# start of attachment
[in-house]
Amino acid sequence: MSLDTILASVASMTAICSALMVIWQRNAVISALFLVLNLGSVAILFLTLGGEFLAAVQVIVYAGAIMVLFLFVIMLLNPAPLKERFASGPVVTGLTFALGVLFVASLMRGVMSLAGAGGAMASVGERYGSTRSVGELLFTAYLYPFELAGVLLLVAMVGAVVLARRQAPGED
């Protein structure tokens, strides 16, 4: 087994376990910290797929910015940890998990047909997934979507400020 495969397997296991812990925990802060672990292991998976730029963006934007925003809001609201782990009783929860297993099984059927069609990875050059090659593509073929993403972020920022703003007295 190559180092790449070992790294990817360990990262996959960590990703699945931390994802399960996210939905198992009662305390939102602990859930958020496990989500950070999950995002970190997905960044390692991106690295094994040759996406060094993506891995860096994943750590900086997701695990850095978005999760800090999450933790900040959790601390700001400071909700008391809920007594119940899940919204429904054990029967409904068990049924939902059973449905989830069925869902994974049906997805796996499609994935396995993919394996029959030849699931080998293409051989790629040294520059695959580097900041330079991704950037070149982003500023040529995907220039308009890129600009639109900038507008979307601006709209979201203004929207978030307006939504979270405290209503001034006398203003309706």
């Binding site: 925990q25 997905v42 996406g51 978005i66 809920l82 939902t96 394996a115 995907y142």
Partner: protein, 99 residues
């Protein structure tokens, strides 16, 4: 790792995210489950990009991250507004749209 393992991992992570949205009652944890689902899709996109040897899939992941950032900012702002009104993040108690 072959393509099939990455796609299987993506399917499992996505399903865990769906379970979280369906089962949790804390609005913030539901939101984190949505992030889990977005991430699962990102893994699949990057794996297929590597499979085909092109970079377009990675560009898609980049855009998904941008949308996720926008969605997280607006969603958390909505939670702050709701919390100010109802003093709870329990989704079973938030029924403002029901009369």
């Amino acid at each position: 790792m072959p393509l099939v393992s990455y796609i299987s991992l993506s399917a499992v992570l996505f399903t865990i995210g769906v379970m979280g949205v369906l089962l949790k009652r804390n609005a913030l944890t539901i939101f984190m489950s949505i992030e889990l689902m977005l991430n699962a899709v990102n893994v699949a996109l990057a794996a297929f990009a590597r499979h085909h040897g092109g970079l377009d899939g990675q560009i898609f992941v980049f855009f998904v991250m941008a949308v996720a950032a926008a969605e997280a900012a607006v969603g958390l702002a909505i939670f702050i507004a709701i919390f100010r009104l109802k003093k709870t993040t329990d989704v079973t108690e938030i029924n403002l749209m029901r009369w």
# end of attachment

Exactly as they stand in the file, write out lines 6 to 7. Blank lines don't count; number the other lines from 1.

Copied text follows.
């Protein structure tokens, strides 16, 4: 790792995210489950990009991250507004749209 393992991992992570949205009652944890689902899709996109040897899939992941950032900012702002009104993040108690 072959393509099939990455796609299987993506399917499992996505399903865990769906379970979280369906089962949790804390609005913030539901939101984190949505992030889990977005991430699962990102893994699949990057794996297929590597499979085909092109970079377009990675560009898609980049855009998904941008949308996720926008969605997280607006969603958390909505939670702050709701919390100010109802003093709870329990989704079973938030029924403002029901009369």
């Amino acid at each position: 790792m072959p393509l099939v393992s990455y796609i299987s991992l993506s399917a499992v992570l996505f399903t865990i995210g769906v379970m979280g949205v369906l089962l949790k009652r804390n609005a913030l944890t539901i939101f984190m489950s949505i992030e889990l689902m977005l991430n699962a899709v990102n893994v699949a996109l990057a794996a297929f990009a590597r499979h085909h040897g092109g970079l377009d899939g990675q560009i898609f992941v980049f855009f998904v991250m941008a949308v996720a950032a926008a969605e997280a900012a607006v969603g958390l702002a909505i939670f702050i507004a709701i919390f100010r009104l109802k003093k709870t993040t329990d989704v079973t108690e938030i029924n403002l749209m029901r009369w």